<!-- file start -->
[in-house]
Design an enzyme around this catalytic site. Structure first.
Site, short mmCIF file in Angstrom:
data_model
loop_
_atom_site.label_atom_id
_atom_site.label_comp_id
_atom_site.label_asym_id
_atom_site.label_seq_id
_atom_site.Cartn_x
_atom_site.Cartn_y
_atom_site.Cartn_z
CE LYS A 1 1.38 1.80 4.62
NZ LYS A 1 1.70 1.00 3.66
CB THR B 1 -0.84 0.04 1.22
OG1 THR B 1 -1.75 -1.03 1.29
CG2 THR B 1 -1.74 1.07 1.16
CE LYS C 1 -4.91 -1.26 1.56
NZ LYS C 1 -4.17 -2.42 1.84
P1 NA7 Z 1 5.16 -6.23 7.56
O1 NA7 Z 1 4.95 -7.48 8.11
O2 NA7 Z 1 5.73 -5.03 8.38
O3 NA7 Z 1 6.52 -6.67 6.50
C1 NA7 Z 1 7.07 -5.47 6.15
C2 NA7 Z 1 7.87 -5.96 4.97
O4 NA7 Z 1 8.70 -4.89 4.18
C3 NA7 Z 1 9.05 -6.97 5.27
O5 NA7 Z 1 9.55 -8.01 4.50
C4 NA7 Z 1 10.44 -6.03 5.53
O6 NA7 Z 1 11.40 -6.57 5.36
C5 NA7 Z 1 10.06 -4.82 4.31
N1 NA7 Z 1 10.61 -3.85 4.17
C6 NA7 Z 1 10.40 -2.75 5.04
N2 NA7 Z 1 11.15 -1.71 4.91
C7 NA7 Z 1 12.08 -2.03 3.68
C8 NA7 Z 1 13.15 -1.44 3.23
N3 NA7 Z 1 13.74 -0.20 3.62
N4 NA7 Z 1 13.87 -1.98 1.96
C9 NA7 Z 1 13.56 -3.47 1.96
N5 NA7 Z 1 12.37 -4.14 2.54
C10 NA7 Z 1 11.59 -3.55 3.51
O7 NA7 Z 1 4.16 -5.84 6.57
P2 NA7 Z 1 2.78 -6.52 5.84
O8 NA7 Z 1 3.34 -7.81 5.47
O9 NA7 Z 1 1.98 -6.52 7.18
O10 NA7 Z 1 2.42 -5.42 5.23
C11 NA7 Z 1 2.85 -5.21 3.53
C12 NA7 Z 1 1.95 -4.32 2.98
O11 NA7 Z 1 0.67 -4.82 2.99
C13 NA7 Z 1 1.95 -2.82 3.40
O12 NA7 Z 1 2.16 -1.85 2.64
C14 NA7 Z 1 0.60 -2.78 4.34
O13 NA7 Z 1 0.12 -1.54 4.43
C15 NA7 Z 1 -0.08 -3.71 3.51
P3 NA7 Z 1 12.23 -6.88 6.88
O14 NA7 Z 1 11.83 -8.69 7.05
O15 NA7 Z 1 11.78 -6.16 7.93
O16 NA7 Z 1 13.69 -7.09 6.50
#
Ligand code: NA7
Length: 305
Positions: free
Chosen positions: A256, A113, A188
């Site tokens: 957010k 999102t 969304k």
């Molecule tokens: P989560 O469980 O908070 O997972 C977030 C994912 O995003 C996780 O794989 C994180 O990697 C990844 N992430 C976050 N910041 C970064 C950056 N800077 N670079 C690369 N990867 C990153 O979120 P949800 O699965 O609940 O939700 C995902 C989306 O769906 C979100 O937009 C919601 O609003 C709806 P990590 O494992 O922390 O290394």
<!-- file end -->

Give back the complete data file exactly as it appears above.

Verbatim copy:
[in-house]
Design an enzyme around this catalytic site. Structure first.
Site, short mmCIF file in Angstrom:
data_model
loop_
_atom_site.label_atom_id
_atom_site.label_comp_id
_atom_site.label_asym_id
_atom_site.label_seq_id
_atom_site.Cartn_x
_atom_site.Cartn_y
_atom_site.Cartn_z
CE LYS A 1 1.38 1.80 4.62
NZ LYS A 1 1.70 1.00 3.66
CB THR B 1 -0.84 0.04 1.22
OG1 THR B 1 -1.75 -1.03 1.29
CG2 THR B 1 -1.74 1.07 1.16
CE LYS C 1 -4.91 -1.26 1.56
NZ LYS C 1 -4.17 -2.42 1.84
P1 NA7 Z 1 5.16 -6.23 7.56
O1 NA7 Z 1 4.95 -7.48 8.11
O2 NA7 Z 1 5.73 -5.03 8.38
O3 NA7 Z 1 6.52 -6.67 6.50
C1 NA7 Z 1 7.07 -5.47 6.15
C2 NA7 Z 1 7.87 -5.96 4.97
O4 NA7 Z 1 8.70 -4.89 4.18
C3 NA7 Z 1 9.05 -6.97 5.27
O5 NA7 Z 1 9.55 -8.01 4.50
C4 NA7 Z 1 10.44 -6.03 5.53
O6 NA7 Z 1 11.40 -6.57 5.36
C5 NA7 Z 1 10.06 -4.82 4.31
N1 NA7 Z 1 10.61 -3.85 4.17
C6 NA7 Z 1 10.40 -2.75 5.04
N2 NA7 Z 1 11.15 -1.71 4.91
C7 NA7 Z 1 12.08 -2.03 3.68
C8 NA7 Z 1 13.15 -1.44 3.23
N3 NA7 Z 1 13.74 -0.20 3.62
N4 NA7 Z 1 13.87 -1.98 1.96
C9 NA7 Z 1 13.56 -3.47 1.96
N5 NA7 Z 1 12.37 -4.14 2.54
C10 NA7 Z 1 11.59 -3.55 3.51
O7 NA7 Z 1 4.16 -5.84 6.57
P2 NA7 Z 1 2.78 -6.52 5.84
O8 NA7 Z 1 3.34 -7.81 5.47
O9 NA7 Z 1 1.98 -6.52 7.18
O10 NA7 Z 1 2.42 -5.42 5.23
C11 NA7 Z 1 2.85 -5.21 3.53
C12 NA7 Z 1 1.95 -4.32 2.98
O11 NA7 Z 1 0.67 -4.82 2.99
C13 NA7 Z 1 1.95 -2.82 3.40
O12 NA7 Z 1 2.16 -1.85 2.64
C14 NA7 Z 1 0.60 -2.78 4.34
O13 NA7 Z 1 0.12 -1.54 4.43
C15 NA7 Z 1 -0.08 -3.71 3.51
P3 NA7 Z 1 12.23 -6.88 6.88
O14 NA7 Z 1 11.83 -8.69 7.05
O15 NA7 Z 1 11.78 -6.16 7.93
O16 NA7 Z 1 13.69 -7.09 6.50
#
Ligand code: NA7
Length: 305
Positions: free
Chosen positions: A256, A113, A188
């Site tokens: 957010k 999102t 969304k």
């Molecule tokens: P989560 O469980 O908070 O997972 C977030 C994912 O995003 C996780 O794989 C994180 O990697 C990844 N992430 C976050 N910041 C970064 C950056 N800077 N670079 C690369 N990867 C990153 O979120 P949800 O699965 O609940 O939700 C995902 C989306 O769906 C979100 O937009 C919601 O609003 C709806 P990590 O494992 O922390 O290394």